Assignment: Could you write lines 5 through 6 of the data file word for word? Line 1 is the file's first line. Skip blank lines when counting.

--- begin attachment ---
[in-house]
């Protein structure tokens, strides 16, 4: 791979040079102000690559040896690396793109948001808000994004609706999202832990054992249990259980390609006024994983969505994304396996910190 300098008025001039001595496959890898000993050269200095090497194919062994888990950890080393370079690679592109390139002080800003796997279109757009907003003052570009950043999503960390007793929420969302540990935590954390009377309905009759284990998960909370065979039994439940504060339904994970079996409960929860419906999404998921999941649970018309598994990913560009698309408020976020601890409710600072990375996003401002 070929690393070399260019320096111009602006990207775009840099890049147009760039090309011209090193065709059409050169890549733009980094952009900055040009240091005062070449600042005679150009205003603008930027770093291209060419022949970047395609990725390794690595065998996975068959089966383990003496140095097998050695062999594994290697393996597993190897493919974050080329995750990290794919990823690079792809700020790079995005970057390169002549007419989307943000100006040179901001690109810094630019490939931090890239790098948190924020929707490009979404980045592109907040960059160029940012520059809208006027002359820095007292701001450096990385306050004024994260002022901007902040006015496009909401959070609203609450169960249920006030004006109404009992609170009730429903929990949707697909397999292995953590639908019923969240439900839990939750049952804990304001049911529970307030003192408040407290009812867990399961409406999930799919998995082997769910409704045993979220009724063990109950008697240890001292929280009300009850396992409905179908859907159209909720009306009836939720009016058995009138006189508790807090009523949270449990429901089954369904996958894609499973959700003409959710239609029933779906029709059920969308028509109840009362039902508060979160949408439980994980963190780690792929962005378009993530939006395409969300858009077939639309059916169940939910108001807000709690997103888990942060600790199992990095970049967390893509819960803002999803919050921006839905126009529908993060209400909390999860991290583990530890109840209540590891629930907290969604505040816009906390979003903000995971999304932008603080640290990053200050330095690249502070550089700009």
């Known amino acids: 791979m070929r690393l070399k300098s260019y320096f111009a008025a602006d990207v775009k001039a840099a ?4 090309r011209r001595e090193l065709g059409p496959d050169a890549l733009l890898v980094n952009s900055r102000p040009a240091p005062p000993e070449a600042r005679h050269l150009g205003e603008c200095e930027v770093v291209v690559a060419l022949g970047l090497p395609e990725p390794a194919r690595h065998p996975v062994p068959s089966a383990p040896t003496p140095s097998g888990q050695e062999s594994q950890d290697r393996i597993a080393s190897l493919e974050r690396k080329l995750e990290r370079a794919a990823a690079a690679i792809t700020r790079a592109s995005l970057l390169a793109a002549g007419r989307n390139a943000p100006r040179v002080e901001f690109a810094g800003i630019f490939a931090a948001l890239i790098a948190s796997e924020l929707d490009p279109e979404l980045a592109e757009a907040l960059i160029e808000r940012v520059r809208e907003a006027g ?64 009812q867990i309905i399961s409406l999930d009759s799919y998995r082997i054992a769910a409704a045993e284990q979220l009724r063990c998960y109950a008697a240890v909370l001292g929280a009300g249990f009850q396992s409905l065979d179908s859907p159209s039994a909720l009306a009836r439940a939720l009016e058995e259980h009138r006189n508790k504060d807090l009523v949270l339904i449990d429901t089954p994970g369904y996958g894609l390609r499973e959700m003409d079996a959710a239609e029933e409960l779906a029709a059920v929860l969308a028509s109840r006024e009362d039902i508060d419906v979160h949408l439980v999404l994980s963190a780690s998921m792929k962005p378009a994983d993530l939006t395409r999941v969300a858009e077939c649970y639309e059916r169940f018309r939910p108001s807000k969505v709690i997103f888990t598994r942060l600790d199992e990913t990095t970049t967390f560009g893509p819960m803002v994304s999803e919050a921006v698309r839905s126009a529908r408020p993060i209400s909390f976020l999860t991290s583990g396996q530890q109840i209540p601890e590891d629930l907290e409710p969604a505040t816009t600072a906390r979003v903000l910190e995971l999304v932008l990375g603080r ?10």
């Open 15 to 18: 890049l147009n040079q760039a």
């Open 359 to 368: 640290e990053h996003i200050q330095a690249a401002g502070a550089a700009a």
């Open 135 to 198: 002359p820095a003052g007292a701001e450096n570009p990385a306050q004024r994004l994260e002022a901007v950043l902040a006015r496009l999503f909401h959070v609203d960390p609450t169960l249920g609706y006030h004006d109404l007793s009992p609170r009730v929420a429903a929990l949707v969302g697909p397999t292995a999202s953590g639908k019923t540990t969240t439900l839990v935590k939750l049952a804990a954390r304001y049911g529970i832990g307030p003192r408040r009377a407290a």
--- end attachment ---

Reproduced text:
């Open 359 to 368: 640290e990053h996003i200050q330095a690249a401002g502070a550089a700009a």
């Open 135 to 198: 002359p820095a003052g007292a701001e450096n570009p990385a306050q004024r994004l994260e002022a901007v950043l902040a006015r496009l999503f909401h959070v609203d960390p609450t169960l249920g609706y006030h004006d109404l007793s009992p609170r009730v929420a429903a929990l949707v969302g697909p397999t292995a999202s953590g639908k019923t540990t969240t439900l839990v935590k939750l049952a804990a954390r304001y049911g529970i832990g307030p003192r408040r009377a407290a």